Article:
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One green idea I hope to see take flight around here is the use of reusable grocery bags. Hemp and other materials are popular in a number of countries/states and some regions are even going as far as banning plastic bags. Think about the pile of plastic bags you have, how often you see them blowing around outside, and how long it takes them to decompose. Some stores give away reusable bags or sell them for a few cents and you can just throw 'em in your car for when you need them.

Guess what Fred now sells! They are 99 cents, made of beige fabric (resembling a paper bag), deep handles (fits over shoulder), two interior panels that would help a tall bottle stay in a corner. Logoed both sides.

Got mine at 54th St/Clyde Park.

fredbag.jpg

Edited by Veloise

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Since we're sending this thread in a green direction, I throw a couple of green Meijer ideas in to the mix.

1.) How about collecting some of that storm water into a cistern, filter it, and use that water to meet the store's water needs.

2.) A Meijer store ranges from 150,000 to over 200,000 square feet in size. Their is that much space on the roof. Let's cover the roof with solar panels. Imagine 200,000 sq. ft. of solar power. Sounds very expensive now. But new solar technologies that will be coming out in the next few years will bring the cost of Solar panels way down.

3. Construct parking lots out of porous asphalt.

4. Offer discounts for people driving hybrids.

5. At stores accessible via public transit such as the Alpine Store and Standale Store, offer coupons and exclusive discounts to folks using public transit. Coupons and discount fliers could be picked up inside the Rapid buses. Knock off about 15 bucks from one's grocery bill could be a very enticing incentive to take the bus.

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Veloise, thanks for the update! I ride my bicycle past a D&W on my way home from classes, so I haven't done any shopping at Meijer in a while...had no idea those were for sale! Good to see.

Great ideas Tamias. Even if they didn't want to give discounts to hybrids, they could at least put a few hybrid vehicle parking spaces close to the front doors.

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28th & Kalamazoo Meijer could use a few more benches at the bus stop. There is a banch that seats 3 people, and there's usually 6 people at the least there. I've seen a few occasions where carts were turned on their side to be used as makeshift benches. Buuut, I suppose that's an issue to raise with ITP, rather than Meijer.

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Since we're sending this thread in a green direction, I throw a couple of green Meijer ideas in to the mix.

1.) How about collecting some of that storm water into a cistern, filter it, and use that water to meet the store's water needs.

2.) A Meijer store ranges from 150,000 to over 200,000 square feet in size. Their is that much space on the roof. Let's cover the roof with solar panels. Imagine 200,000 sq. ft. of solar power. Sounds very expensive now. But new solar technologies that will be coming out in the next few years will bring the cost of Solar panels way down.

3. Construct parking lots out of porous asphalt.

4. Offer discounts for people driving hybrids.

5. At stores accessible via public transit such as the Alpine Store and Standale Store, offer coupons and exclusive discounts to folks using public transit. Coupons and discount fliers could be picked up inside the Rapid buses. Knock off about 15 bucks from one's grocery bill could be a very enticing incentive to take the bus.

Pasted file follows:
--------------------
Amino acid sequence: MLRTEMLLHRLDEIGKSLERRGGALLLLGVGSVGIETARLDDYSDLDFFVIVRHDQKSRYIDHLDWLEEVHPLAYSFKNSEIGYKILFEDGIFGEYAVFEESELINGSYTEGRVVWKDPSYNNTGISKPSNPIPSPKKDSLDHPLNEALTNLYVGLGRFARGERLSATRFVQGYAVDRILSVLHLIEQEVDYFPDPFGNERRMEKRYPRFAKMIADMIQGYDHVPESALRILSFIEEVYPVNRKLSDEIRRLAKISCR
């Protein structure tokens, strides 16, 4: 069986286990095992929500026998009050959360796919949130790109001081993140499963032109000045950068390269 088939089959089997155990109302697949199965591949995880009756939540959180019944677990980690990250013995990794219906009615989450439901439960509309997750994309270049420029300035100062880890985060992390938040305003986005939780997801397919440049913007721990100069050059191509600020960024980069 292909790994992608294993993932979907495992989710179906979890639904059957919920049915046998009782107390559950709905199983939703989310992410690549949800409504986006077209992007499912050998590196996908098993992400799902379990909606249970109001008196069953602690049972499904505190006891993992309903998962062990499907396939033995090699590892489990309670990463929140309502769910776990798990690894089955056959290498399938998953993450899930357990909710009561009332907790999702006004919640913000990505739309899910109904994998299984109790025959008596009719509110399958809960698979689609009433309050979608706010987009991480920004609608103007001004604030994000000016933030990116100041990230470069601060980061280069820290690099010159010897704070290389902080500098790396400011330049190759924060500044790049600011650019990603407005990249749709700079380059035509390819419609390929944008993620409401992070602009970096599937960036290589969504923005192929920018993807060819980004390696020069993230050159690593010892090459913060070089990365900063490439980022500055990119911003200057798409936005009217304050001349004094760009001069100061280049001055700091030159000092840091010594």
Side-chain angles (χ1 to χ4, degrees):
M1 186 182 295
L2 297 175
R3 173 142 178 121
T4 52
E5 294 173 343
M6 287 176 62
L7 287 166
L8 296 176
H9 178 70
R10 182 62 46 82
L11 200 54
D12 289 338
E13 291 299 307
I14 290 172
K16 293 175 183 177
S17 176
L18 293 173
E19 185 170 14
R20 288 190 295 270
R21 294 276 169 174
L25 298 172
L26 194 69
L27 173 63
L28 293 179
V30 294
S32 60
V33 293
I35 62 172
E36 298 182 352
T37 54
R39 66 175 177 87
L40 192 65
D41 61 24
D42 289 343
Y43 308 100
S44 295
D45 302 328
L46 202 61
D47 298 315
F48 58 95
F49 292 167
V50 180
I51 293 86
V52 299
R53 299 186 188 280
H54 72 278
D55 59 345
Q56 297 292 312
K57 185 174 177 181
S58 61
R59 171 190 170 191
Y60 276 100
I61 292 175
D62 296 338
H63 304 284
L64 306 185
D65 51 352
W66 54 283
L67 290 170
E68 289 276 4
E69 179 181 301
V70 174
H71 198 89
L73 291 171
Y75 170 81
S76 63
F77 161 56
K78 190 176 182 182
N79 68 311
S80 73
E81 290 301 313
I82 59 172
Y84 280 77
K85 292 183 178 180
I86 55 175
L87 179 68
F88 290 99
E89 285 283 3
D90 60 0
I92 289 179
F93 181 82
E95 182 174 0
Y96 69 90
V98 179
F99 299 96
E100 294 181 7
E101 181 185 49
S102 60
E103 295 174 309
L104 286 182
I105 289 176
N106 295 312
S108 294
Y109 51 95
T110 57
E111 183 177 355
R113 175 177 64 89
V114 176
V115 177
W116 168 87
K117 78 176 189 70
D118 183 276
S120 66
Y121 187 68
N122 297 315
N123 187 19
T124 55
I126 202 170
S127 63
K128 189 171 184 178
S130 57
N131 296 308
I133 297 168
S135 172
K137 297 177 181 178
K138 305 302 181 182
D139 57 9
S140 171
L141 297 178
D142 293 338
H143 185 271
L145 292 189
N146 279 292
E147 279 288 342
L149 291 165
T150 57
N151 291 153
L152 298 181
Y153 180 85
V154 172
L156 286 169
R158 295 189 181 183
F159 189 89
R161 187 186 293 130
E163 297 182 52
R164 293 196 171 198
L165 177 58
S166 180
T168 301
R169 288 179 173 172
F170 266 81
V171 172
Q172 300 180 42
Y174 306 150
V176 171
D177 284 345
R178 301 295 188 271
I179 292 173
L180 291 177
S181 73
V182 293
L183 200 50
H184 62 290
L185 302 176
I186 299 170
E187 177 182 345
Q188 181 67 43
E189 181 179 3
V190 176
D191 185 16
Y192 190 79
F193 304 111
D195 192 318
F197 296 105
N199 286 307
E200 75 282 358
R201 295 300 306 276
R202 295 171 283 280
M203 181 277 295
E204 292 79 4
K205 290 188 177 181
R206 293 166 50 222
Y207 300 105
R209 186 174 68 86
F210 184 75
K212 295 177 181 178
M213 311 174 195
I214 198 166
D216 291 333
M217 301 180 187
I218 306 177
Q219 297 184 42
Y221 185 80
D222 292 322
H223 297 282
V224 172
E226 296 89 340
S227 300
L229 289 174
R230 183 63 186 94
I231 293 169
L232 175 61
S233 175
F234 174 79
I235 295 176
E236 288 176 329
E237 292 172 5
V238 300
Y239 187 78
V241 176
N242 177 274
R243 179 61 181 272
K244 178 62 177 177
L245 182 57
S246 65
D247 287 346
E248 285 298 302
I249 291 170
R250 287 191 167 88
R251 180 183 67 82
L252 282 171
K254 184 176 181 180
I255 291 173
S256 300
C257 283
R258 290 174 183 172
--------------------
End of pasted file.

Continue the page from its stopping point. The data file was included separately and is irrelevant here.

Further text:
Awesome point...

And if it would get Fred's attention back here in Greenville (which he was here last Monday touring the new phase of our city trail (he donated a few million for it)) he would talk to the new United Solar plant here in town and see if they can cut Meijer a deal on some solar panels for their stores. Expensive as they are - he's got the money to do it for sure. I don't think they need an entire 200,000 sq ft solar panels.

At the same time - they should also think about getting a green roof or some skylights to bring in more natural light to the store and they could dim their lights down during the day when needed.

I am also very excited about those bags - I'm going to see if the Greenville store has any yet. May go today.

Would also be nice for urban areas with public transit and ruralish towns with Dial-A-Ride's to have a station off the store for pickup and drop off. Integrated into the side of the building or in between the two entrances.

Edited by blueradon

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Another idea that always made me wonder -- Meijer pretty much is split up into some good areas that could serve their purpose for urban markets.

Examples

- Meijer Toy Store

- Meijer Hardware Store

- Meijer Furniture Store

- Meijer Pet Store

- Meijer Grocery Store

- Meijer Electronics Store

- Meijer Garden Store

- Meijer Craft Store

- Meijer Bakery/Deli Store

It always makes me wonder why they don't go into other states and get into the big towns and put up some competition. Especially with the idea of a downtown grocery/market (minus the toys and hardware and what not).

I know Walmart has those Neighborhood Market stores that do the similar thing.

I think honestly that'd be the key to Meijer if they wanted to really expand in a good way. Then once people find out what Meijer is really all about - maybe they'll want them to build a bigger store.

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Another idea that always made me wonder -- Meijer pretty much is split up into some good areas that could serve their purpose for urban markets.

Examples

- Meijer Toy Store

- Meijer Hardware Store

- Meijer Furniture Store

- Meijer Pet Store

- Meijer Grocery Store

- Meijer Electronics Store

- Meijer Garden Store